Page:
The shooting rampage that killed six women of Asian descent in Atlanta last week. 2020’s 150% increase in documented hate crimes against Asian-Americans in major U.S. cities. And, just this past Friday here in St. Paul, children and a grandfather of Hmong descent being subjected to racist comments while waiting for the school bus. This has all brought to the fore America’s long history of bias, discrimination, and violence against Asian people and Asian-Americans.
While the number of Asian and Asian-American members of the AIA is proportional to the population nationally (a little over 5 percent), Minnesota lags considerably – only 1.9% of Minnesota’s AIA members identify as Asian or Asian-American, compared to 4.5% of the Minnesota population. In addition to being underrepresented in architecture, Asian and Asian-American students, architectural designers, and architects have faced discrimination and hate speech. Nearly every Asian-American member of our MN architecture community have shared their personal experiences with anti-Asian bias, hate speech and even hate crimes, with us. These incidents have occurred in their youth, in architecture school, and while serving in the profession of architecture. Assumptions of being born outside the U.S., even if one’s family has lived here for generations. Greater difficulty in job searches. Disparaging and mocking of accents. Assumptions about strengths and weaknesses. Lack of a feeling of belonging and agency within firms, resulting in careers that hit glass ceilings. Members of our architecture community who are Asian-American women have also related stories of objectification – where misogyny and assumptions of subservience have affected their interactions in college and professional settings.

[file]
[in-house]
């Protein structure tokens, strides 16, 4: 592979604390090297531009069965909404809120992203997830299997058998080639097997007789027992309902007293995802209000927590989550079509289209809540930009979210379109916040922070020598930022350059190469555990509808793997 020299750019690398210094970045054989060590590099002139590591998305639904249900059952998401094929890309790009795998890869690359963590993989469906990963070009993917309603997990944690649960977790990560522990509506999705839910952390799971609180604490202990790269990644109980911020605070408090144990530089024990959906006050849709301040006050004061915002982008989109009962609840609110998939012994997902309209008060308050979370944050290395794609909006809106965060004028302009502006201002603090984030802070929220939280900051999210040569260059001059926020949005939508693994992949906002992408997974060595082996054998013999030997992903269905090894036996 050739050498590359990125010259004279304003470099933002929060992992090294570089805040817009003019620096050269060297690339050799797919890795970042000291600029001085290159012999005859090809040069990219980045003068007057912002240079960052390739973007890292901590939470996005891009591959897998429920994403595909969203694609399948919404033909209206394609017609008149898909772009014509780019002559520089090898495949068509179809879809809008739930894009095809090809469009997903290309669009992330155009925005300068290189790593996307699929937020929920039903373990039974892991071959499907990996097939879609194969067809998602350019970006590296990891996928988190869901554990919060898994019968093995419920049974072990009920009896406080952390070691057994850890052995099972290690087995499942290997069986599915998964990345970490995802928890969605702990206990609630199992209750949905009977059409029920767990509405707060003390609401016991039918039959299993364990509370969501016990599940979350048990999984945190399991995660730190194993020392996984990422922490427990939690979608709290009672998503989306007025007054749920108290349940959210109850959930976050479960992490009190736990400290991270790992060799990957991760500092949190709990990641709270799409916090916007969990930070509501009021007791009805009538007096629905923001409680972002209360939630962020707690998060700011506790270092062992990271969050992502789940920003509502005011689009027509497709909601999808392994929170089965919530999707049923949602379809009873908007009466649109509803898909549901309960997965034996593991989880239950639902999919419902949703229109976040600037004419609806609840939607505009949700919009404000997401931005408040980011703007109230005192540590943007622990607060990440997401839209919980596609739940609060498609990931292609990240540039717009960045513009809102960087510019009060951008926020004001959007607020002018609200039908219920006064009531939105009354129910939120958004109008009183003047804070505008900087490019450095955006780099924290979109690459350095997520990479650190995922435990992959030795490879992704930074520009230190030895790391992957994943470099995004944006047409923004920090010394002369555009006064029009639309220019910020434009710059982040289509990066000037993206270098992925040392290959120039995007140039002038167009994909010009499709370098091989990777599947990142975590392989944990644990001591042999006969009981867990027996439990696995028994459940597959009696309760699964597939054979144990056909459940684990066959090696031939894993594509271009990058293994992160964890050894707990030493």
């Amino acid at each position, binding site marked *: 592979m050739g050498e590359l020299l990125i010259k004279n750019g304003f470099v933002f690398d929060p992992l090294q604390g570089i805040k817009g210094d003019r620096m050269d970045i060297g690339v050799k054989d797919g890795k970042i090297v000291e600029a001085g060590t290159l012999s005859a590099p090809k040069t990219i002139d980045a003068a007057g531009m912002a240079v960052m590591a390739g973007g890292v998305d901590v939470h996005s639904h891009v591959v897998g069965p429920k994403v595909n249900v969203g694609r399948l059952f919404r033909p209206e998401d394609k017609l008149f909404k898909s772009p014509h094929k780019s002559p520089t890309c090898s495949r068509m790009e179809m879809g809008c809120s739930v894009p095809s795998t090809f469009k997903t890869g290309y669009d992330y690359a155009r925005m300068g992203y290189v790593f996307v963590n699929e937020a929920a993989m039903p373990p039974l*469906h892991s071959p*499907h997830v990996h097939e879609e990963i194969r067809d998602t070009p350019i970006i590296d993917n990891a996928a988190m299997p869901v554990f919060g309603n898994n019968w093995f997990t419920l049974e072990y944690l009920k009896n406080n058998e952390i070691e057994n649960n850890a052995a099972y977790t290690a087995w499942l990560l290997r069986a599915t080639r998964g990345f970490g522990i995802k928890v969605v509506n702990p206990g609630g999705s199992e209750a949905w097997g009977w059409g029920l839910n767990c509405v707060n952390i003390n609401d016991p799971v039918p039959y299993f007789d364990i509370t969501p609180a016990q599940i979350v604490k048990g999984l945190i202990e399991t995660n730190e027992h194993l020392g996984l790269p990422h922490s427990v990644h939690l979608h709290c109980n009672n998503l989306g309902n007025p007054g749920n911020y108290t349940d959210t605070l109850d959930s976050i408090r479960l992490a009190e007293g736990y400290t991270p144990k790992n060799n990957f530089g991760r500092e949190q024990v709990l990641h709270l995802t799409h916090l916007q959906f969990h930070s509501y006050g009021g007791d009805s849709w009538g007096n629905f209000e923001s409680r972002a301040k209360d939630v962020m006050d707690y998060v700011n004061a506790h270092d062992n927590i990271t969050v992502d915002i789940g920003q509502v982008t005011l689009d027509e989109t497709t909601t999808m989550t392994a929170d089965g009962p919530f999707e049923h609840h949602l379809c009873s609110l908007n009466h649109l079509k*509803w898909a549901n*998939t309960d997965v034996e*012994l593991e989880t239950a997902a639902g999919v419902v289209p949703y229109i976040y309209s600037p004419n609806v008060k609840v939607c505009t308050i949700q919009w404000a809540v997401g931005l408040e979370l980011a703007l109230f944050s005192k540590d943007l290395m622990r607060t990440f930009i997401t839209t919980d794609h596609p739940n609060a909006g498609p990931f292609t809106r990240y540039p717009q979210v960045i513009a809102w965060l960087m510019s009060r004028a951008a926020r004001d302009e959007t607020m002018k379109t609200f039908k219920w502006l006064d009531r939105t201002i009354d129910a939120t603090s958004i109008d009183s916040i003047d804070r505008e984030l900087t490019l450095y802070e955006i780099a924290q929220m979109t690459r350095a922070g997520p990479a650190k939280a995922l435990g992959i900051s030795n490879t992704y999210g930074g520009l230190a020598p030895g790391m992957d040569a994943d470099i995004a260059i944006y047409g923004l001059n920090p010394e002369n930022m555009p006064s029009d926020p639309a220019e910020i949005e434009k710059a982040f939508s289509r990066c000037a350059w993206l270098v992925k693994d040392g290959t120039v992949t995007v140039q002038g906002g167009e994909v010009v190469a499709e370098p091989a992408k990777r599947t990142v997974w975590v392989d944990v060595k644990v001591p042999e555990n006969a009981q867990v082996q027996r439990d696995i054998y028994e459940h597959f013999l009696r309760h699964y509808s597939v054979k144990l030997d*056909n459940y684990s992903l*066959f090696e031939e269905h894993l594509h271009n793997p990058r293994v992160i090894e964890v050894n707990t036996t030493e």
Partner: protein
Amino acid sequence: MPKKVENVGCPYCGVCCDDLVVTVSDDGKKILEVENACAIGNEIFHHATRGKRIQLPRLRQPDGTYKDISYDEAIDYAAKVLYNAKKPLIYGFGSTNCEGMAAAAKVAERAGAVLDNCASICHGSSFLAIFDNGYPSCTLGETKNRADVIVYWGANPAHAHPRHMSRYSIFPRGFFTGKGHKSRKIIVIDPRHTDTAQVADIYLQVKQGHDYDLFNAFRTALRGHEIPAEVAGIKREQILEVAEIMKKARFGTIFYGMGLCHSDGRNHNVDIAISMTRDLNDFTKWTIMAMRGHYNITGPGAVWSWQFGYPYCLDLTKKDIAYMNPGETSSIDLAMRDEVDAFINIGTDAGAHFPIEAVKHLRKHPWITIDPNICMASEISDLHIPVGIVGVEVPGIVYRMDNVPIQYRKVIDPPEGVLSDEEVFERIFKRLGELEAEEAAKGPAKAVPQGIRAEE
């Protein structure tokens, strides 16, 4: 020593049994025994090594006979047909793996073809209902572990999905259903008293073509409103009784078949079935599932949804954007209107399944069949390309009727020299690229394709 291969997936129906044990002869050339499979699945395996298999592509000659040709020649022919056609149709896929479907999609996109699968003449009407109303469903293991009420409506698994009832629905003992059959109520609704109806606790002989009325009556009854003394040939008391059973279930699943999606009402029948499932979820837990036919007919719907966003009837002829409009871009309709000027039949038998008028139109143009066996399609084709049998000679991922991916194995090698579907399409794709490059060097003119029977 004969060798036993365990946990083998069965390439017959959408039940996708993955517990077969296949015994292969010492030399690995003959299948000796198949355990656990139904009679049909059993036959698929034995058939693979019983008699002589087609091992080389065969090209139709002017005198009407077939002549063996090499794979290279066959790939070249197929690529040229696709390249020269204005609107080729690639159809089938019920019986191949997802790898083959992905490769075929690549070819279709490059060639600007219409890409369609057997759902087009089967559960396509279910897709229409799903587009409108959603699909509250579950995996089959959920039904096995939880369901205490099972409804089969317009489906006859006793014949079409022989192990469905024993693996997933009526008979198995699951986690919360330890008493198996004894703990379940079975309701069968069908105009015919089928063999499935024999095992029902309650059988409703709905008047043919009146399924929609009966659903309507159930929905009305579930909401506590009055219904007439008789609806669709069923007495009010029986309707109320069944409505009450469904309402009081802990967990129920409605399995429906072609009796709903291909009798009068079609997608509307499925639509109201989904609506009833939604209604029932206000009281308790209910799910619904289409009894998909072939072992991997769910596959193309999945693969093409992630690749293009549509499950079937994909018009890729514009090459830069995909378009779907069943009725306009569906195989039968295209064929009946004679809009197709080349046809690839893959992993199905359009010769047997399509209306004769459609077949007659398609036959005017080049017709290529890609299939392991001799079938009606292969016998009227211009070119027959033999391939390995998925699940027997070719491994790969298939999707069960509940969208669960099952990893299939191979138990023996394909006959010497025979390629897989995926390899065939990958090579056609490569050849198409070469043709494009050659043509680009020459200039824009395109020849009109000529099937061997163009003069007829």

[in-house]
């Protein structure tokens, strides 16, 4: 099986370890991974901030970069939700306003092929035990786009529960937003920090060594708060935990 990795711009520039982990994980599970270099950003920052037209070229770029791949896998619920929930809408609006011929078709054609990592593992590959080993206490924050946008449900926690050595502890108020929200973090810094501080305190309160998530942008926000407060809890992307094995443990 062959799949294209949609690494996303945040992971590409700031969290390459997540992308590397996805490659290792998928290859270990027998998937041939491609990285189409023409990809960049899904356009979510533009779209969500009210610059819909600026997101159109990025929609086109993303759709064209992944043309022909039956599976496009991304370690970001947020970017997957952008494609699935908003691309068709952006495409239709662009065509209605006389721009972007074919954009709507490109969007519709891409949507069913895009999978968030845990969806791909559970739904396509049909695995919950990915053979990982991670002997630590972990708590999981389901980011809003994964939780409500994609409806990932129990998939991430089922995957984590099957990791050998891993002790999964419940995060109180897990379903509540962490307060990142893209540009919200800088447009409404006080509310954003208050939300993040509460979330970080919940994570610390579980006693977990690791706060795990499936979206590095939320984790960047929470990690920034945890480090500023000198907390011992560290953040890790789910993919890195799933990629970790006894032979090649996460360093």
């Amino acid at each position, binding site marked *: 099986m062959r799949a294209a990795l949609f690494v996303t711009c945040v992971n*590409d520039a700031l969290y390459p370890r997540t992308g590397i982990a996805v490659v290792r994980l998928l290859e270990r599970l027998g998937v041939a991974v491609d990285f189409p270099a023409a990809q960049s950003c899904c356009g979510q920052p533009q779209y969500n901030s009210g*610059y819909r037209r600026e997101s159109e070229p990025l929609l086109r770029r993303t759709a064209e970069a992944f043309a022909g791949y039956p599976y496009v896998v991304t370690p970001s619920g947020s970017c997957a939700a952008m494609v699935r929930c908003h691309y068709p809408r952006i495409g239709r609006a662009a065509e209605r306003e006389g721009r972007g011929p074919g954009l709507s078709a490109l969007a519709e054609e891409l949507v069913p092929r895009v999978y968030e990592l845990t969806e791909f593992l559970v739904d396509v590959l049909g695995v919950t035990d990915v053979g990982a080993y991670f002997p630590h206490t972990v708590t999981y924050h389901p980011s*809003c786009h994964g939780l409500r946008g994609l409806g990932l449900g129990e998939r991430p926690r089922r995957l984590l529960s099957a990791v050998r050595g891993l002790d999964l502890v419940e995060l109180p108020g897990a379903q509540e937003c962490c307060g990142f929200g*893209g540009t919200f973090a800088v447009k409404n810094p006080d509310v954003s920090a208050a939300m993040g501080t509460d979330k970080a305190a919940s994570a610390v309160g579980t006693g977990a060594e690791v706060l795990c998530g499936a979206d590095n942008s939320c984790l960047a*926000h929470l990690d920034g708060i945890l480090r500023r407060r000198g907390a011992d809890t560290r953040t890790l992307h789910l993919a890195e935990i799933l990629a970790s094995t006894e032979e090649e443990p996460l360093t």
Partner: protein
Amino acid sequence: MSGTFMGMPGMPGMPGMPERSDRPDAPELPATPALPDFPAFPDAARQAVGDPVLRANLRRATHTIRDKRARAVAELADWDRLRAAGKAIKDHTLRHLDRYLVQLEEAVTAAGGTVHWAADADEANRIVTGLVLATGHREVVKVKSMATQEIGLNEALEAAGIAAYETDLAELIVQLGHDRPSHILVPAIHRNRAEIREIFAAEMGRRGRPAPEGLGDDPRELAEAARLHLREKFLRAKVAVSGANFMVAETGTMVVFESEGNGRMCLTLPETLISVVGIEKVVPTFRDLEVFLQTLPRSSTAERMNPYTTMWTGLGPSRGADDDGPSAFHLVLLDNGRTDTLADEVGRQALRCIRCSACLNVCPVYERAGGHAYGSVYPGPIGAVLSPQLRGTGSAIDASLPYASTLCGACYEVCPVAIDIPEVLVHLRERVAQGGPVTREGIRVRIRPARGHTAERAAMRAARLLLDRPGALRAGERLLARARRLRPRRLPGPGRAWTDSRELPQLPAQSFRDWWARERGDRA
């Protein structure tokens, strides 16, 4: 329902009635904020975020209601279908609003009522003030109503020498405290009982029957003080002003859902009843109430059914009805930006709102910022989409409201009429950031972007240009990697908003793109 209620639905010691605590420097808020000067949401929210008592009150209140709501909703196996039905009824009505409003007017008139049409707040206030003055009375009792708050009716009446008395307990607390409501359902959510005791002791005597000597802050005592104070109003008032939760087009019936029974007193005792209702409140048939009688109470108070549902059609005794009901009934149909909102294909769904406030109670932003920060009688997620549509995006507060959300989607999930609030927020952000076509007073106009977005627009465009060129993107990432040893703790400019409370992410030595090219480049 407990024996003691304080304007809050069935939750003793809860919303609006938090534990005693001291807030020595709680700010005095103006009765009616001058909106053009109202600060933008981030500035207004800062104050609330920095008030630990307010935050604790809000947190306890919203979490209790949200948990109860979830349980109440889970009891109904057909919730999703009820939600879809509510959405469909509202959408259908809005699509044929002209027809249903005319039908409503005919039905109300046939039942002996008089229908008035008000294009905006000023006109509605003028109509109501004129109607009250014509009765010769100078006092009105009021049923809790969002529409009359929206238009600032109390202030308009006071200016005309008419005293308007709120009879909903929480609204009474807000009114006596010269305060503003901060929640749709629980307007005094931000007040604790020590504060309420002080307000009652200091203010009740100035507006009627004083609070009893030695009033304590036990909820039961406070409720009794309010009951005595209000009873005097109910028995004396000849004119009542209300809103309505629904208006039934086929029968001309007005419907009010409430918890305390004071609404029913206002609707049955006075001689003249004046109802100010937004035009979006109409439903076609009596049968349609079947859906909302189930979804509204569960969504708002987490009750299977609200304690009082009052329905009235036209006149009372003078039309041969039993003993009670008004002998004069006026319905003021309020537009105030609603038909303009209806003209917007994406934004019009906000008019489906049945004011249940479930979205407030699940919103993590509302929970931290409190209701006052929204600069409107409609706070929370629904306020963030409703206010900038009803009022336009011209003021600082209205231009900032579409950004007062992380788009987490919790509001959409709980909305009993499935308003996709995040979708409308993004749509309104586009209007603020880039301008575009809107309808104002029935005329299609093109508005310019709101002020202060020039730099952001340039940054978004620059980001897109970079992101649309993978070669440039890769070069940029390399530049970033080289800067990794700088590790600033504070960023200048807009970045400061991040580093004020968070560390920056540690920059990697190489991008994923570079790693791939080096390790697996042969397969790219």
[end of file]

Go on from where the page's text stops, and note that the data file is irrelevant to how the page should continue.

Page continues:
AIA Minnesota stands in solidarity with people of Asian descent. As we do so, we recognize what is ours to do. AIA Minnesota members have the opportunity and responsibility to double down on efforts to create a profession that truly represents and serves all people, with specific attention to people who have been made to feel that they are not welcomed, are not American enough, are “other” – and, as part of this work, to recognize the unique challenges that face Asian and Asian-American people.
The first place to start is individual and organizational self-awareness. What biases do you hold about people of Asian descent? Women of Asian descent? Where do these biases come from? How represented are people of Asian descent in your firm? And what have been the career trajectories of Asian and Asian-American people who have been hired in the past or are current employees? What can you discern from reviewing past performance evaluations? Are there assumptions about skill, leadership potential, and “culture fit” that are revealed and need to be examined?
This is not other people’s work. It is the work of the profession of architecture. We stand with Asian and Asian-American students, designers, and architects at this time of fear, pain, frustration, and anger – and we recommit ourselves to the work of changing the future of this profession for the better.
Anna Pravinata, AIA, NOMA
AIA Minnesota President
EVP/Executive Director, AIA Minnesota